Bakers Cyst

What is a Baker’s cyst?

A Baker’s cyst involves a swelling behind the knee.  The swelling is caused by a collection of excess synovial fluid (lubricating fluid) within the bursa between the calf muscle and the knee joint.

Baker’s cysts are also called popliteal cysts.

Who gets it?

Baker’s cyst most commonly occurs in boys aged between 4 and 8 years of age.

What are the sign and symptoms of a Baker’s cyst?

A bakers’ cyst may present as a painless lump behind the knee.  It is most obvious when a child is standing with their knee straight. It usually affects just one leg.

Symptoms associated with a baker’s cyst vary. Some children experiencing no discomfort at all. Others report a feeling of tightness or pressure at the back of the knee joint when the knee is straight and some children experience aching at the back of the knee after strenuous exercise.

It is common for the size of the cyst to vary throughout the day.

What is the natural history of a Baker’s cyst?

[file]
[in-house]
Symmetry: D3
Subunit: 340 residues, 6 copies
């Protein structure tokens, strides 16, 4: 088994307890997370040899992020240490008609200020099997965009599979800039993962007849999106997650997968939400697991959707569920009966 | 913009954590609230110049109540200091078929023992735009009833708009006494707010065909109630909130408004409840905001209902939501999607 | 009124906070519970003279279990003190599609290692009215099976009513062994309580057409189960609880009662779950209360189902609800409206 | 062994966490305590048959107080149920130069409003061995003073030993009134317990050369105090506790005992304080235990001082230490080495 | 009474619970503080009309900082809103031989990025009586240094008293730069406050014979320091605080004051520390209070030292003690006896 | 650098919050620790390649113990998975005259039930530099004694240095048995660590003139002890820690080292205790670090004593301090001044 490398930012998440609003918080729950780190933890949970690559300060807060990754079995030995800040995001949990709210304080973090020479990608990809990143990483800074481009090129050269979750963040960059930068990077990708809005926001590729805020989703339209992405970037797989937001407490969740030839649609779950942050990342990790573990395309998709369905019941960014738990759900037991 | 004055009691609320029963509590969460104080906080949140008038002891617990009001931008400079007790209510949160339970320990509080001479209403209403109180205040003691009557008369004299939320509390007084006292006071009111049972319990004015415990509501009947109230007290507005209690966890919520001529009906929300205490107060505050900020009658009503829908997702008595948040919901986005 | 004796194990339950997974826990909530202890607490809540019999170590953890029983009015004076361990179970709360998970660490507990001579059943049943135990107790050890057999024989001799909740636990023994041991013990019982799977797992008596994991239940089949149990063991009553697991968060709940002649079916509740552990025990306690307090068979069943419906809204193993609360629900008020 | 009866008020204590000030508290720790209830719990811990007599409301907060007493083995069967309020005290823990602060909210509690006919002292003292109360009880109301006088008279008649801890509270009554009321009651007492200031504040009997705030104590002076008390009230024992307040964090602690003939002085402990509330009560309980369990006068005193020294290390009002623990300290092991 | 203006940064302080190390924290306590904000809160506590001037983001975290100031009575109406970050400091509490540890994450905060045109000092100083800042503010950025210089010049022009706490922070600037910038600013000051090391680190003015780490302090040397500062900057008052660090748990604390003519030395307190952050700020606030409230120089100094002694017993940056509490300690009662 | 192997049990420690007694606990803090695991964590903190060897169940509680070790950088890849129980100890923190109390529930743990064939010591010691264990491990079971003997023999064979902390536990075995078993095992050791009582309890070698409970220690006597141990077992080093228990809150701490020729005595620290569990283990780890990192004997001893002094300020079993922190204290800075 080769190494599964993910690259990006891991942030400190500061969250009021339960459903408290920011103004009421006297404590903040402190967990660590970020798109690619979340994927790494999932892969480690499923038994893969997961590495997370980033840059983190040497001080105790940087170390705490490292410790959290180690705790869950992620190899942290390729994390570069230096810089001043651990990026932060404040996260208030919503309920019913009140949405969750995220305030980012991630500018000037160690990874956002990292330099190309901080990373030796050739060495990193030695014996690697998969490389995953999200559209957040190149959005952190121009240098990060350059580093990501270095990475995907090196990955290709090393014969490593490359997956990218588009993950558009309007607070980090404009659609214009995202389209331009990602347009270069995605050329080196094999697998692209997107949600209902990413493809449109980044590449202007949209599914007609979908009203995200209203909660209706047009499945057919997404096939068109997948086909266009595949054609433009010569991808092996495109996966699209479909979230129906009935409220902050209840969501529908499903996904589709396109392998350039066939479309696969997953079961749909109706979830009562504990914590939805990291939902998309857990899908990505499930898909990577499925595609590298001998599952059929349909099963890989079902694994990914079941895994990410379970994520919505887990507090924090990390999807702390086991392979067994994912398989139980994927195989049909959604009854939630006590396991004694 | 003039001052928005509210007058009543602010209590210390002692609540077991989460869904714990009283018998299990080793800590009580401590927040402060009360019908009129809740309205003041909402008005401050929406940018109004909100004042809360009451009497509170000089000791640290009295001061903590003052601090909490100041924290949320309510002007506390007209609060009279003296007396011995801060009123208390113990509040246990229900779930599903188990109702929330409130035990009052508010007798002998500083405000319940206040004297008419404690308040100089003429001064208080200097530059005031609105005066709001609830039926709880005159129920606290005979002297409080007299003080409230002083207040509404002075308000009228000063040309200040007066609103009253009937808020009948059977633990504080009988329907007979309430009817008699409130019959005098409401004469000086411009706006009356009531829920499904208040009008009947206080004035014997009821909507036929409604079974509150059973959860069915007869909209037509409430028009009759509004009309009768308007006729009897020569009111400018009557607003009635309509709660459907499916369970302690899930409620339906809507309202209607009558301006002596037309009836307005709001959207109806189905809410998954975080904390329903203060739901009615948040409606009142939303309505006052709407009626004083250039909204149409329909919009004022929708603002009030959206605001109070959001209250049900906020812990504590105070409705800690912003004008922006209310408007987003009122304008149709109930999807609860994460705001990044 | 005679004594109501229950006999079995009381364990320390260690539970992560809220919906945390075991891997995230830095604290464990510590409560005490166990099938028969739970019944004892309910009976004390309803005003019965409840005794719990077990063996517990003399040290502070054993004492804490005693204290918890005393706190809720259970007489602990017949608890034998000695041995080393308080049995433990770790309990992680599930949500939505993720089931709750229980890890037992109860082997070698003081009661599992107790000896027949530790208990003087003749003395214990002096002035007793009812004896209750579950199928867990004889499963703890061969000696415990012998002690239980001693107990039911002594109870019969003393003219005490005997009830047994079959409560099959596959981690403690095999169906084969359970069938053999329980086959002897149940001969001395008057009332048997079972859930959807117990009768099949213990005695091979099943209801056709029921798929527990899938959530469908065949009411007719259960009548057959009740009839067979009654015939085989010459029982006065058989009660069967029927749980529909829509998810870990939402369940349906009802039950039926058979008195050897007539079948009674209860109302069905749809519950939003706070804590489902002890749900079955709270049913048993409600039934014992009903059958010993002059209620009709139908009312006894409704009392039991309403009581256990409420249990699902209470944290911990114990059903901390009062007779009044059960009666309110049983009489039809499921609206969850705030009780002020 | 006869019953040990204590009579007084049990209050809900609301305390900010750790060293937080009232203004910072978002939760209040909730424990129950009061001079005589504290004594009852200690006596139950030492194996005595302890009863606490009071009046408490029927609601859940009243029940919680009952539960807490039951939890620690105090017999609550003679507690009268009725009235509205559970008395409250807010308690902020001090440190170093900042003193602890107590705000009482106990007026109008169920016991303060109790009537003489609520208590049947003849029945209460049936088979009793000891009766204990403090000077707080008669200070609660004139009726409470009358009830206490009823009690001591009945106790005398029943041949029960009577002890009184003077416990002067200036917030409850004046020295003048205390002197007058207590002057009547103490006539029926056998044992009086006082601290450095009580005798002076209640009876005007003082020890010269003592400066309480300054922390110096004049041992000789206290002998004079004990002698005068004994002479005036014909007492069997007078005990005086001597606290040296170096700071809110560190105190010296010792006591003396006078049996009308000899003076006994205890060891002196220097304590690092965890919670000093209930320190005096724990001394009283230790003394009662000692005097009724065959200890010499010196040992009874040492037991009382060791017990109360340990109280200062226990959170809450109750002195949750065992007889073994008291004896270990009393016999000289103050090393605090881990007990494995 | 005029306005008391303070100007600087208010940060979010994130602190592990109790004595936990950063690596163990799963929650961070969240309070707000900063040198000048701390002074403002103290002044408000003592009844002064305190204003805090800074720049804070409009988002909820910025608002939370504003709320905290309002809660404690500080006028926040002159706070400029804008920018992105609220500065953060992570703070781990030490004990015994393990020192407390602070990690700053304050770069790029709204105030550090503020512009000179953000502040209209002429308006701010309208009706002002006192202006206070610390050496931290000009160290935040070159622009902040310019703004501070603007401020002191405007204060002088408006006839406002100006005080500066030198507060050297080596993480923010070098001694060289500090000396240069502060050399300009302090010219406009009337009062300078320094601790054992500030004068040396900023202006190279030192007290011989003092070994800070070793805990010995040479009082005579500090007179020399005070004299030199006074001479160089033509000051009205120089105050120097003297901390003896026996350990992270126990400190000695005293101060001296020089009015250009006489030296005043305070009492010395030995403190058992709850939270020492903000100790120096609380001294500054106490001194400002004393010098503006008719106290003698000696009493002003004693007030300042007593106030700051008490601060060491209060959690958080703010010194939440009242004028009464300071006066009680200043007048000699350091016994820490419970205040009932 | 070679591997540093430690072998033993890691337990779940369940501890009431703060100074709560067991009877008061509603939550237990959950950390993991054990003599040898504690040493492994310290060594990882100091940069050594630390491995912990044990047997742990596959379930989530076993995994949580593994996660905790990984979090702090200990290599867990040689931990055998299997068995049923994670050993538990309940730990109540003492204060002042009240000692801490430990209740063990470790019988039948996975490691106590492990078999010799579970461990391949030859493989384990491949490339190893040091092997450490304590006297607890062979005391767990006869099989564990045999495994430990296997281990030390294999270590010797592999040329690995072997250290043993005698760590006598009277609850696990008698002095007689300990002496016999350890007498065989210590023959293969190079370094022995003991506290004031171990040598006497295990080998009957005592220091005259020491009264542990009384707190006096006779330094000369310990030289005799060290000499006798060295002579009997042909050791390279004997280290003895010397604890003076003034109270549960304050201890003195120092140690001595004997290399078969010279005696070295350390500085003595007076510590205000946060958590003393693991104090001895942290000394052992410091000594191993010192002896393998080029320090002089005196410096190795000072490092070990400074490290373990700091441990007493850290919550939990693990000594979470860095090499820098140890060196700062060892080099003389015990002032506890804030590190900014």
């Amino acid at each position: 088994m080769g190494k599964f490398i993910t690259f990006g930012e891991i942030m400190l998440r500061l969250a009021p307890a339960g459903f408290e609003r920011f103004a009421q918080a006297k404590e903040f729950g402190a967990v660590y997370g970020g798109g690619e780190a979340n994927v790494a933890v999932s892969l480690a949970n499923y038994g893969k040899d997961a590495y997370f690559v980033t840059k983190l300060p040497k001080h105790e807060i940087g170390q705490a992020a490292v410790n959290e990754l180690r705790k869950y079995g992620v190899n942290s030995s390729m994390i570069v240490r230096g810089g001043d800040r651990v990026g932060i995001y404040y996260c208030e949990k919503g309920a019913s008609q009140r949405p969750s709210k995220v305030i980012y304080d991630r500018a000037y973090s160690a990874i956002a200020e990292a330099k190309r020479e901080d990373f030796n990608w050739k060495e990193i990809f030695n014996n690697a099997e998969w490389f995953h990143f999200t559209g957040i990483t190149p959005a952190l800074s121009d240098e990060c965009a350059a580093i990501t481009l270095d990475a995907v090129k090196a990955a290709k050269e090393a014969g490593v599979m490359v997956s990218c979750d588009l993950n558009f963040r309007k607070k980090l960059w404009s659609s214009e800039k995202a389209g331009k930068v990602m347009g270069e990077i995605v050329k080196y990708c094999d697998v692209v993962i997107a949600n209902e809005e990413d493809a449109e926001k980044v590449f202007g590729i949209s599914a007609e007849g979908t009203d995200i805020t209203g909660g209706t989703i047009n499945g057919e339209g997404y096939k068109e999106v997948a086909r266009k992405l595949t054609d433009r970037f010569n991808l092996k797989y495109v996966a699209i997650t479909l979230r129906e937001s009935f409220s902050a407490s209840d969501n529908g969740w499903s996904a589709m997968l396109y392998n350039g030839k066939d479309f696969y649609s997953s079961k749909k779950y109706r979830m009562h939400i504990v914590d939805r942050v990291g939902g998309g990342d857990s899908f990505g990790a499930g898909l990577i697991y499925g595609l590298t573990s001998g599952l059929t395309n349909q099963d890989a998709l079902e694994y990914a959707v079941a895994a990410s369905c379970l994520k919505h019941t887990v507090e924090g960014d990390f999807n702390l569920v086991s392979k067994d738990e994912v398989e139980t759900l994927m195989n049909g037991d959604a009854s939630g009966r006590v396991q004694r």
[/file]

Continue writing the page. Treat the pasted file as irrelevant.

The natural history of a Baker’s cyst in children is that the cyst will disappear spontaneously without the need for treatment.  It is common for the cyst to get bigger before it finally resolves and the time that it takes to resolve is highly variable.

There are no long-term problems to the knee or the child from a Baker’s cyst.

What is the treatment for a Baker’s Cyst?

Treatment of a Baker’s cyst in children is usually not required.

What tests are used to diagnose a Baker’s cyst?

A Baker’s cyst is diagnosed using a clinical examination. Shining a light through the cyst can determine if the lump is fluid filled. Therefore, an Ultrasound or CT scan is not usually required to diagnose a Baker’s cyst.